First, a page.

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Must brush up on cooking skills
Military spouse
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It’s no secret that the way to a man’s heart is through his stomach. This old saying is particularly true in my husband’s case. Cinnamon-flavored candies, cheeseburgers and chocolate shakes are all that is necessary to bring him happiness.
In Iraq, this means that when the food is bad, he’s in a bad mood, and when the food is good, he’s in a good mood. Right now, the food is good. After six months of what he describes as Army “boiled-in-a-bag-food,” he’s now moved to a larger place, where burgers are served daily as an option — where he has options.
It’s funny how a little meal change can change your entire outlook on a deployment.
I’ll admit that this is not the only thing that’s changed with the move. He also has more free time, finally through with those 12-hour shifts, and has a different roommate. But what seems to brighten his days the most, despite the skin melting temperatures and winds that he compares to putting your face in front of a hair dryer, is the food. After 20 minutes of listening to him describe the lasagna, hot wings, omelets and ice cream bars, even I want a nice meal on the DFAC.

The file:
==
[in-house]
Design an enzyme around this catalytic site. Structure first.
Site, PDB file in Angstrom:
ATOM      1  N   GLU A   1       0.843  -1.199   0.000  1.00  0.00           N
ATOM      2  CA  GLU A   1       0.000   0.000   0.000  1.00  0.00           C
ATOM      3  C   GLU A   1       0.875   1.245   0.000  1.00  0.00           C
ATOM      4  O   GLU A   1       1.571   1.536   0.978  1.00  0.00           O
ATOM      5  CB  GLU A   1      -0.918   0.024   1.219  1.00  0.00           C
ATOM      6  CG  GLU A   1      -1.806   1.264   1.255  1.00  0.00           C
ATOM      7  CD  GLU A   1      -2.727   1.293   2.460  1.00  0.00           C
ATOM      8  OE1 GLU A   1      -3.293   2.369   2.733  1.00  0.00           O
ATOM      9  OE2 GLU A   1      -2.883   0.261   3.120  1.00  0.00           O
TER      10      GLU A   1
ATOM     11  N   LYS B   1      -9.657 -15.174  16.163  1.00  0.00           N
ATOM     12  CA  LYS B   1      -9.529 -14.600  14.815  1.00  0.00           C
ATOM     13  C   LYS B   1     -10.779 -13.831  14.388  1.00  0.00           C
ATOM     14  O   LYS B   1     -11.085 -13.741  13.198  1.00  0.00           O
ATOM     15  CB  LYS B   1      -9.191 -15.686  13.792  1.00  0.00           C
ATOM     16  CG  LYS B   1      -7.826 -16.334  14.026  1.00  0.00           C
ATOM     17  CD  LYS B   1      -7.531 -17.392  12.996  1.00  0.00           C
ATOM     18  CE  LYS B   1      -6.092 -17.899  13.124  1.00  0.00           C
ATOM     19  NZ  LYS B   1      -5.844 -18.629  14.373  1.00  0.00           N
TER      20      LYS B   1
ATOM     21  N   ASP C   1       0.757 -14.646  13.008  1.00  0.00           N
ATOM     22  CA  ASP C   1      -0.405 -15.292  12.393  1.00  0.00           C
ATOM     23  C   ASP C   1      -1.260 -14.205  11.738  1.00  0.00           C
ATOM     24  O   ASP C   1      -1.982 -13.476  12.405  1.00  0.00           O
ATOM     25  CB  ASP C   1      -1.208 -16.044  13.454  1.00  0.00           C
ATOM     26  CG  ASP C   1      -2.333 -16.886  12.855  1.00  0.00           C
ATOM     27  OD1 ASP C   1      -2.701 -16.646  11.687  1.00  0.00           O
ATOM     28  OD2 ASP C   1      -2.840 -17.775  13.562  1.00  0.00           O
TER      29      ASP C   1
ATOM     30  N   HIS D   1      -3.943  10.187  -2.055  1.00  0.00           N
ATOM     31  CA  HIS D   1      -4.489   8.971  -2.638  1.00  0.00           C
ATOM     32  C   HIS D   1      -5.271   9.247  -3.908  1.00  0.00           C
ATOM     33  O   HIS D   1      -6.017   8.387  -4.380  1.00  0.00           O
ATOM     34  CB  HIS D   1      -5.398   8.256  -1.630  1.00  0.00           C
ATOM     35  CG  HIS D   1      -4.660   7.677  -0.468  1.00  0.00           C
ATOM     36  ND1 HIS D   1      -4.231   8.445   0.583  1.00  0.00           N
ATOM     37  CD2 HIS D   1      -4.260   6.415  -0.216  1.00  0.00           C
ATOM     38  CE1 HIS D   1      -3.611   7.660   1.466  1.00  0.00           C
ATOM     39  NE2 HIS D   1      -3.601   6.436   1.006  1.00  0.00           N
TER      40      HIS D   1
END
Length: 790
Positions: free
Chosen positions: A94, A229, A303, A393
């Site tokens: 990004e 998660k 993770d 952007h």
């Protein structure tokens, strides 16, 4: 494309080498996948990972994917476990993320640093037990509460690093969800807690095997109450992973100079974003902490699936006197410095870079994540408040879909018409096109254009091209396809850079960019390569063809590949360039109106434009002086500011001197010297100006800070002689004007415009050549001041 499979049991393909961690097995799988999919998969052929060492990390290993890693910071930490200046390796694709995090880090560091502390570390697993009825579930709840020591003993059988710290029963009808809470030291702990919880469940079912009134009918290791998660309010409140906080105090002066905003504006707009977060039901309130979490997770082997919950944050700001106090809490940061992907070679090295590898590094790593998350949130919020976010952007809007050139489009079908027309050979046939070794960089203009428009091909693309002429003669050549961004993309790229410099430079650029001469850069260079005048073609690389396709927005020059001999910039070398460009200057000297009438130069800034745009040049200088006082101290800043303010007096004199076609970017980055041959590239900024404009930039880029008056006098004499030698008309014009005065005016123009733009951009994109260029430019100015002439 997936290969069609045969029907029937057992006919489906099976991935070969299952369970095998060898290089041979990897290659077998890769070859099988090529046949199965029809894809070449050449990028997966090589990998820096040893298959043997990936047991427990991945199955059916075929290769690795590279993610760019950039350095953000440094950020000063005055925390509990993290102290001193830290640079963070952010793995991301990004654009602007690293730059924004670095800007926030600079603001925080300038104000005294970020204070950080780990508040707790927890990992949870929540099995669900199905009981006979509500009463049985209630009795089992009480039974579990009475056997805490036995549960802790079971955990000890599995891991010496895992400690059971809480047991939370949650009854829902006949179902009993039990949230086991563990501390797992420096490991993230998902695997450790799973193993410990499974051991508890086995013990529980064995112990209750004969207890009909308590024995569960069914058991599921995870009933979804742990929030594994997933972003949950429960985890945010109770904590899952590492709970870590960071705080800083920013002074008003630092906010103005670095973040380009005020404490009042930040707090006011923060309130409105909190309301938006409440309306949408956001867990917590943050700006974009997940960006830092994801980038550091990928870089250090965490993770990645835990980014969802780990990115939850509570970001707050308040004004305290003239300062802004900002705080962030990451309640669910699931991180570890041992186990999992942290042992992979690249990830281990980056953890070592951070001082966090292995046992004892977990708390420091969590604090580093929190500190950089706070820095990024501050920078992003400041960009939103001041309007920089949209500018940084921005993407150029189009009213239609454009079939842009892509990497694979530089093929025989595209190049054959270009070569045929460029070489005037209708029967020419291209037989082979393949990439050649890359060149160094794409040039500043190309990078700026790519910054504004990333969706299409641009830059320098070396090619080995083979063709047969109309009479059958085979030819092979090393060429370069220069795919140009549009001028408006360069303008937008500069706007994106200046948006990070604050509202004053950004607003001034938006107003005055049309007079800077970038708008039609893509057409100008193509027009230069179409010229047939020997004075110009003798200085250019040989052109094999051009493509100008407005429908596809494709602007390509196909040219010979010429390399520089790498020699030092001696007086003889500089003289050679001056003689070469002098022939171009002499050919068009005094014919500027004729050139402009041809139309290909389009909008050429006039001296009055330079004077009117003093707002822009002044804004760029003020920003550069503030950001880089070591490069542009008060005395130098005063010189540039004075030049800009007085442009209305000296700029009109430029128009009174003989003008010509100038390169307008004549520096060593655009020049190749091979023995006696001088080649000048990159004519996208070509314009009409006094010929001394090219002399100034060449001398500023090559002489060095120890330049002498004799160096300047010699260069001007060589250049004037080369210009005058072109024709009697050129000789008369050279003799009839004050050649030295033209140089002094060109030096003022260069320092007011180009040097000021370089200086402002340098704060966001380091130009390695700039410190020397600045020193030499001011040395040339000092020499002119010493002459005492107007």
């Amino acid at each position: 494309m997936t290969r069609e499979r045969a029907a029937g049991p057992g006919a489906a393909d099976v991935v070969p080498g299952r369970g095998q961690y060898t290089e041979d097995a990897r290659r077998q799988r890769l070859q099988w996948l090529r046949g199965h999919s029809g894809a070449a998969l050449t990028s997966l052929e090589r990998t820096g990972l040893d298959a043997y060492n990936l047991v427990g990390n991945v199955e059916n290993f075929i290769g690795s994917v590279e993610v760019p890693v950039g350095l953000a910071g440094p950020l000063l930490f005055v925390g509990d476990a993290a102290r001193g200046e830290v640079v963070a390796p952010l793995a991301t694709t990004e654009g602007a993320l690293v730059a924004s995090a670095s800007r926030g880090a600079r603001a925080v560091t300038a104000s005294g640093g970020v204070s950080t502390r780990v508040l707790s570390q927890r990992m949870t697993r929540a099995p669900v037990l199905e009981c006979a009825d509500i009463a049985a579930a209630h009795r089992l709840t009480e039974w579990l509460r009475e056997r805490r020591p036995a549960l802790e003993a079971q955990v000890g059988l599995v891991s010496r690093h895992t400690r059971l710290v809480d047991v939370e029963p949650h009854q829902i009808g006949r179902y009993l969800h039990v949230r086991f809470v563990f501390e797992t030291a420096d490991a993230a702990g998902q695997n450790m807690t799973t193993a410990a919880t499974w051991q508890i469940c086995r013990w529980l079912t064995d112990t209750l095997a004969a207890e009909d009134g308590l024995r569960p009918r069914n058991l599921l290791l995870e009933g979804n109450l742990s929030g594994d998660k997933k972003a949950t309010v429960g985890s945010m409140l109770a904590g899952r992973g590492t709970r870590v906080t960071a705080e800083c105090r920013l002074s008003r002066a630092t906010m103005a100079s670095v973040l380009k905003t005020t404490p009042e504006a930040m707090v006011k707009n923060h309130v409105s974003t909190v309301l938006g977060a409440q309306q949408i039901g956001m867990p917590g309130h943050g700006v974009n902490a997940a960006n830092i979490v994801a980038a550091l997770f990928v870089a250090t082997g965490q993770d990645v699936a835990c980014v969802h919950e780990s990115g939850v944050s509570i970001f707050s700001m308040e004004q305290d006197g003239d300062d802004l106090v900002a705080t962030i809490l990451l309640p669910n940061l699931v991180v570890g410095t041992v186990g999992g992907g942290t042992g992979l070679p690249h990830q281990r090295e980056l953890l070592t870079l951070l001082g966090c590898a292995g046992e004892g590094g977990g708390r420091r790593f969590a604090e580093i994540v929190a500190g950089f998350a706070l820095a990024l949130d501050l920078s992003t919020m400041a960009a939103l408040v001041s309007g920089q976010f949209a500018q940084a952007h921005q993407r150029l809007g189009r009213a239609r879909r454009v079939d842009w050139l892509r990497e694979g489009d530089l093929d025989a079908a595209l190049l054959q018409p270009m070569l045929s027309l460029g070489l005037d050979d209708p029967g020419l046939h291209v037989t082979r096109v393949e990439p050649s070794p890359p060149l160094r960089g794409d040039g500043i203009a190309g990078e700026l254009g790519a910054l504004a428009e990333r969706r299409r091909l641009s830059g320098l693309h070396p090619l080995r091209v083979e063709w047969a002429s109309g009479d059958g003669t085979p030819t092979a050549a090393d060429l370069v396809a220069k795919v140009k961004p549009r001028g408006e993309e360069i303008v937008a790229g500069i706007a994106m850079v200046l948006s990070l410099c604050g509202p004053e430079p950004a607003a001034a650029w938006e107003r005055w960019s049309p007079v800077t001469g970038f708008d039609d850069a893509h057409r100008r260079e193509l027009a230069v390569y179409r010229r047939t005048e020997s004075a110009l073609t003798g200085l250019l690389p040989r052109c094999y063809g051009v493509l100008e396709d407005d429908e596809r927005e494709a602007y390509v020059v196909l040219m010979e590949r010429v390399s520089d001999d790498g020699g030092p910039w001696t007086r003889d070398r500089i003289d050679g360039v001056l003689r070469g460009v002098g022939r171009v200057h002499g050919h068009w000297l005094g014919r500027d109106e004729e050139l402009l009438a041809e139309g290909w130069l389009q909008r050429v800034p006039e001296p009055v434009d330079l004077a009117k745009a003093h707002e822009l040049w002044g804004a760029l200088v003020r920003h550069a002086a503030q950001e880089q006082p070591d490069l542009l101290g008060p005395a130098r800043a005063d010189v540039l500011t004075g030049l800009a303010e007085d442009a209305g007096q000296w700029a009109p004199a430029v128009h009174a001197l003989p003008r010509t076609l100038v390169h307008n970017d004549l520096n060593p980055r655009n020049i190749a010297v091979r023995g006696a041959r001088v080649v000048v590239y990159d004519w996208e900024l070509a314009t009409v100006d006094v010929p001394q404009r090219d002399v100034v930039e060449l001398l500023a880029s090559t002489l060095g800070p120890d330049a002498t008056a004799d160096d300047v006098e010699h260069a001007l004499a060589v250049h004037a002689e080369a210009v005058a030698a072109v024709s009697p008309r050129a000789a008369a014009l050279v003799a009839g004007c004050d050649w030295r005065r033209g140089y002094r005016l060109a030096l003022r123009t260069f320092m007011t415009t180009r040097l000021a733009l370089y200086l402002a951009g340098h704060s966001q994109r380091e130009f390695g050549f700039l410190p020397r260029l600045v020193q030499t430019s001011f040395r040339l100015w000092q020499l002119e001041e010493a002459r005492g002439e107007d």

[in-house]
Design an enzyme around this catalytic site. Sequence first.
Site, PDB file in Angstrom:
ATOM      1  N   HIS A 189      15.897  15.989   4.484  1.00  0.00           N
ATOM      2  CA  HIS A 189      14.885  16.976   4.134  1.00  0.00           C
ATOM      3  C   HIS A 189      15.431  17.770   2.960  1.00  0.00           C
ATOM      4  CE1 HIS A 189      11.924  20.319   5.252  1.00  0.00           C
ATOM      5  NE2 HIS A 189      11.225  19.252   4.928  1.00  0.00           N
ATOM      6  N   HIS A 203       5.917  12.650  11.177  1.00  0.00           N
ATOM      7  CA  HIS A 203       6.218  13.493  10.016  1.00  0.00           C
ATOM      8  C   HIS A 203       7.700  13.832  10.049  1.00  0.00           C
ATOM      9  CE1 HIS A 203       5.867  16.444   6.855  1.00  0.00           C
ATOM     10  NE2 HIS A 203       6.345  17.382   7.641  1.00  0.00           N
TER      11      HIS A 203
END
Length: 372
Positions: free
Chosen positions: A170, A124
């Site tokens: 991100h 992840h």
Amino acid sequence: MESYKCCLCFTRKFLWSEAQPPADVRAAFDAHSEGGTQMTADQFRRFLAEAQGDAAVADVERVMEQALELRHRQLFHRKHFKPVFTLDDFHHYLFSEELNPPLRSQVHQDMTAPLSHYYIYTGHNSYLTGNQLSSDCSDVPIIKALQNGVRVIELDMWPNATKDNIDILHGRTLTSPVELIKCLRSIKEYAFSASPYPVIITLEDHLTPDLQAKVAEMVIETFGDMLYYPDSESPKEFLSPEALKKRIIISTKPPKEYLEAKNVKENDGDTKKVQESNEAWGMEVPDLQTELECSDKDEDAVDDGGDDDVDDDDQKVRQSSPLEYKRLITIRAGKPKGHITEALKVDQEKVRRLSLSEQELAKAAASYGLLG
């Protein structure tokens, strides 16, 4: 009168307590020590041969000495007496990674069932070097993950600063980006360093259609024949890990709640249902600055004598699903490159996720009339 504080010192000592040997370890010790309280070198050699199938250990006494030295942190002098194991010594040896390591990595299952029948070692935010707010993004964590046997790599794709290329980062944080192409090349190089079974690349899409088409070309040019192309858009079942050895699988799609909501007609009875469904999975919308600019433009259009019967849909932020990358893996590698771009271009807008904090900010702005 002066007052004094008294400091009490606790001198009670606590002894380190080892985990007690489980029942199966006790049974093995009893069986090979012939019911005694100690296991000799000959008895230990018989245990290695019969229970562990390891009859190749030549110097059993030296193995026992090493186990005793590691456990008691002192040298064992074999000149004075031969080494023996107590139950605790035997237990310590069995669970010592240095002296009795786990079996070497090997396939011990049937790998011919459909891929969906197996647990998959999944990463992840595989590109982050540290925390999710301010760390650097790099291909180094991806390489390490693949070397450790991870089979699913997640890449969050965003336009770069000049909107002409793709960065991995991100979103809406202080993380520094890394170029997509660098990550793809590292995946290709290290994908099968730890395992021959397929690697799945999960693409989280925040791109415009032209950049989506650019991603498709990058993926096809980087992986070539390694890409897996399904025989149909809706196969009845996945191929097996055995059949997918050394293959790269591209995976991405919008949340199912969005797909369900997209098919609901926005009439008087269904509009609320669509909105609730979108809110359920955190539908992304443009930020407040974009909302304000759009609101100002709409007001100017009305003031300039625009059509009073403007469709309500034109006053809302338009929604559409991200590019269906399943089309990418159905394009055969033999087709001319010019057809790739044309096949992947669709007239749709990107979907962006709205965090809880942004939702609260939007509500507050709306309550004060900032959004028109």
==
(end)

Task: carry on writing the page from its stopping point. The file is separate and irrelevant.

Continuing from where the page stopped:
Unfortunately, I’m not much of a cook. I mean, next to “boiled-in-a-bag-food,” my spaghetti looks pretty impressive, but I’m not exactly Paula Dean in the kitchen. It also doesn’t help that I’ve been living primarily on frozen, low-calorie meals for the past several months in an attempt at dieting between packs of gummy worms and candy bars. That means as my cooking skills diminish, my husband’s expectations are rising. Looks like I’ll be pulling out the old cookbook for some practice before he gets home!

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